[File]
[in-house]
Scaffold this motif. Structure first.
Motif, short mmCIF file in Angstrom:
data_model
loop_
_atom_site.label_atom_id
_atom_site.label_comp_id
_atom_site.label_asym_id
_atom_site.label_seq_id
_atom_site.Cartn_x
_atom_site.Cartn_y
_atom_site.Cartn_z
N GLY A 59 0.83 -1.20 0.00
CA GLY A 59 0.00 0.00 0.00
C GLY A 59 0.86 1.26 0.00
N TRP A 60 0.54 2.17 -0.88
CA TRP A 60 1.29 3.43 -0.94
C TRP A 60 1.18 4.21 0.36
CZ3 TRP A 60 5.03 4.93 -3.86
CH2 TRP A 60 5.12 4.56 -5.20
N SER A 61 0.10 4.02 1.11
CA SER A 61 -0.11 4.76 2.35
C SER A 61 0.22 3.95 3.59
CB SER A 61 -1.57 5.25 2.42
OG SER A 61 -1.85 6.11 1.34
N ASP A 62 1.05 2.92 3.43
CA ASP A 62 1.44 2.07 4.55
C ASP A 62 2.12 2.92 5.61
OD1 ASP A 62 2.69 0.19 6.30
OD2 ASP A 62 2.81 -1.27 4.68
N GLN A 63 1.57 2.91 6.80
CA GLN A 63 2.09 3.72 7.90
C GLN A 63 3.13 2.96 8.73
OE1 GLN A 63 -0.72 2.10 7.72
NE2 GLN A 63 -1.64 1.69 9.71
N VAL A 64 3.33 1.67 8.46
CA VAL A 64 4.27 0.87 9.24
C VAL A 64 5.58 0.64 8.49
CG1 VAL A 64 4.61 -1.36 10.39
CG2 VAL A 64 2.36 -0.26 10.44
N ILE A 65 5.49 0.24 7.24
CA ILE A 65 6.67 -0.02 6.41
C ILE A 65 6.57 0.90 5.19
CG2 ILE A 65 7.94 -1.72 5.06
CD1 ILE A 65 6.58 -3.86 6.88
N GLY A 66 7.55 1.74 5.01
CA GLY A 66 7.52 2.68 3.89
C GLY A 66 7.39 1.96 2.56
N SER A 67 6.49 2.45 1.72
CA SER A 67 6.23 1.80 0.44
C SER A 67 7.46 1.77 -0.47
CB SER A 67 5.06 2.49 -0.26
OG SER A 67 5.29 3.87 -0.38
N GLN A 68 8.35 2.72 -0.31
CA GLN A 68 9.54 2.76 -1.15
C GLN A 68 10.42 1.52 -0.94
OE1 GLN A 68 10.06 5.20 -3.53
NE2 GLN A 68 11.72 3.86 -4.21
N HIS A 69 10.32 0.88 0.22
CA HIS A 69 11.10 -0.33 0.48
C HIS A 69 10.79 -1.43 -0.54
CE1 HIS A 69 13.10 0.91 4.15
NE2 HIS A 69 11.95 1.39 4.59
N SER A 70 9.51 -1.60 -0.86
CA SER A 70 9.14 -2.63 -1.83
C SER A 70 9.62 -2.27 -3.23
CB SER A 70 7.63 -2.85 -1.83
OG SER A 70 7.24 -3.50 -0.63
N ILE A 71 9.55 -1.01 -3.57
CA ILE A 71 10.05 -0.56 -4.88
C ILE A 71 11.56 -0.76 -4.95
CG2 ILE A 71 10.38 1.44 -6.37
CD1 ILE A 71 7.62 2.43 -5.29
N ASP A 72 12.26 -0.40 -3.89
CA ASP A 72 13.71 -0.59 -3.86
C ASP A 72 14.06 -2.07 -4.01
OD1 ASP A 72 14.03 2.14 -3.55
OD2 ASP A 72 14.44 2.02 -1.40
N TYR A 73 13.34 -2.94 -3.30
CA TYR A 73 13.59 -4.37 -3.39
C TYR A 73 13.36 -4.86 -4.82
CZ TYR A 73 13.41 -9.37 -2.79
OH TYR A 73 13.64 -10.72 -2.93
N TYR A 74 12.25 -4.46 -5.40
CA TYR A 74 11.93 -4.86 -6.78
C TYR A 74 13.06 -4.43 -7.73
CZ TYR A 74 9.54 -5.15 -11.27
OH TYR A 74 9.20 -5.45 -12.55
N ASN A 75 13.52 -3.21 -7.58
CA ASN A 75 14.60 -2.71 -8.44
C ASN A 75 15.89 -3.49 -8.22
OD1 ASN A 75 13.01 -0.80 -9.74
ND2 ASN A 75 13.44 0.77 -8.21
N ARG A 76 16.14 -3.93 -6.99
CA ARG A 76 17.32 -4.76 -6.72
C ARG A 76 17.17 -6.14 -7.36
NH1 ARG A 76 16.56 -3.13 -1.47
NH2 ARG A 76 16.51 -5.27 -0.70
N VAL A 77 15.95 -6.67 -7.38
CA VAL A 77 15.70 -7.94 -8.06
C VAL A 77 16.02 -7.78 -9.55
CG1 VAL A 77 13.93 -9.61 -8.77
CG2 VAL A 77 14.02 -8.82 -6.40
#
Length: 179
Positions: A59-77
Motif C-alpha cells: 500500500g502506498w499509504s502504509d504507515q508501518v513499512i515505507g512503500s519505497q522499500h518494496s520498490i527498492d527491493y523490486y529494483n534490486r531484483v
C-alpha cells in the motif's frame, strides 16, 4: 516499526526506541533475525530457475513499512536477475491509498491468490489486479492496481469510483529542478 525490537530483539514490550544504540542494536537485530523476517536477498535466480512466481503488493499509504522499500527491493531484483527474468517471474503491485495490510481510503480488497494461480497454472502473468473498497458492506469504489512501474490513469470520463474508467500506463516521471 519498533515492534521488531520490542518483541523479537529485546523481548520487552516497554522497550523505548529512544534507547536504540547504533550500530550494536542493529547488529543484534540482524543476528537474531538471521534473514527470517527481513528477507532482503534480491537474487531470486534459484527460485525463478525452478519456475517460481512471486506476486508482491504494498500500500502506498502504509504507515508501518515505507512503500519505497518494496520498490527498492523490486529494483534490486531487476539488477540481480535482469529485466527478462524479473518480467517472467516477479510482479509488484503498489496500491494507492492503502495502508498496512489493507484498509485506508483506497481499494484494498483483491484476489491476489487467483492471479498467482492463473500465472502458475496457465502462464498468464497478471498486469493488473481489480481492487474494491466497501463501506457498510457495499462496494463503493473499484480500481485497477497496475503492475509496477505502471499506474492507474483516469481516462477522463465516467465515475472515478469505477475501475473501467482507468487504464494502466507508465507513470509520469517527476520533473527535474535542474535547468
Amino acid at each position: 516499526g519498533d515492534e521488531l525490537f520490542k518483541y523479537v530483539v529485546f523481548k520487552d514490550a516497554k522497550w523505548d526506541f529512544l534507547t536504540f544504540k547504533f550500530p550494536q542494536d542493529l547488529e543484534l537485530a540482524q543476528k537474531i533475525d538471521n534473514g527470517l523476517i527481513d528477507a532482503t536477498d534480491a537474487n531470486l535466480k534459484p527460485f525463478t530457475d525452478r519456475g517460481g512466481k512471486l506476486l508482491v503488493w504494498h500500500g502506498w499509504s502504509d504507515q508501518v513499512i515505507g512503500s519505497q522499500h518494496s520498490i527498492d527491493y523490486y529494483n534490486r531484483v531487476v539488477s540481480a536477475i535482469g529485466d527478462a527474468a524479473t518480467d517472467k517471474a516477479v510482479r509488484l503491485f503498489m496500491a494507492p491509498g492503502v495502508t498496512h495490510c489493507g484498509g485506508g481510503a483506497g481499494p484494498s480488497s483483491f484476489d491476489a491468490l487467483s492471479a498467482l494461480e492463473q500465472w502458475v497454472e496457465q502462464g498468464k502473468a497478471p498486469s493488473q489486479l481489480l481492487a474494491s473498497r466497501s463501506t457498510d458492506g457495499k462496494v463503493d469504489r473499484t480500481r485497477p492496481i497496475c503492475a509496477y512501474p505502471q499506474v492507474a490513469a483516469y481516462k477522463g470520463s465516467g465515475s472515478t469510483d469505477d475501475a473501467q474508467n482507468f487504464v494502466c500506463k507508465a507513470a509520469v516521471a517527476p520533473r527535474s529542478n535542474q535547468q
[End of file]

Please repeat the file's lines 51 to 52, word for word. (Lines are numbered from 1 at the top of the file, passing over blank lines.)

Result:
C SER A 67 7.46 1.77 -0.47
CB SER A 67 5.06 2.49 -0.26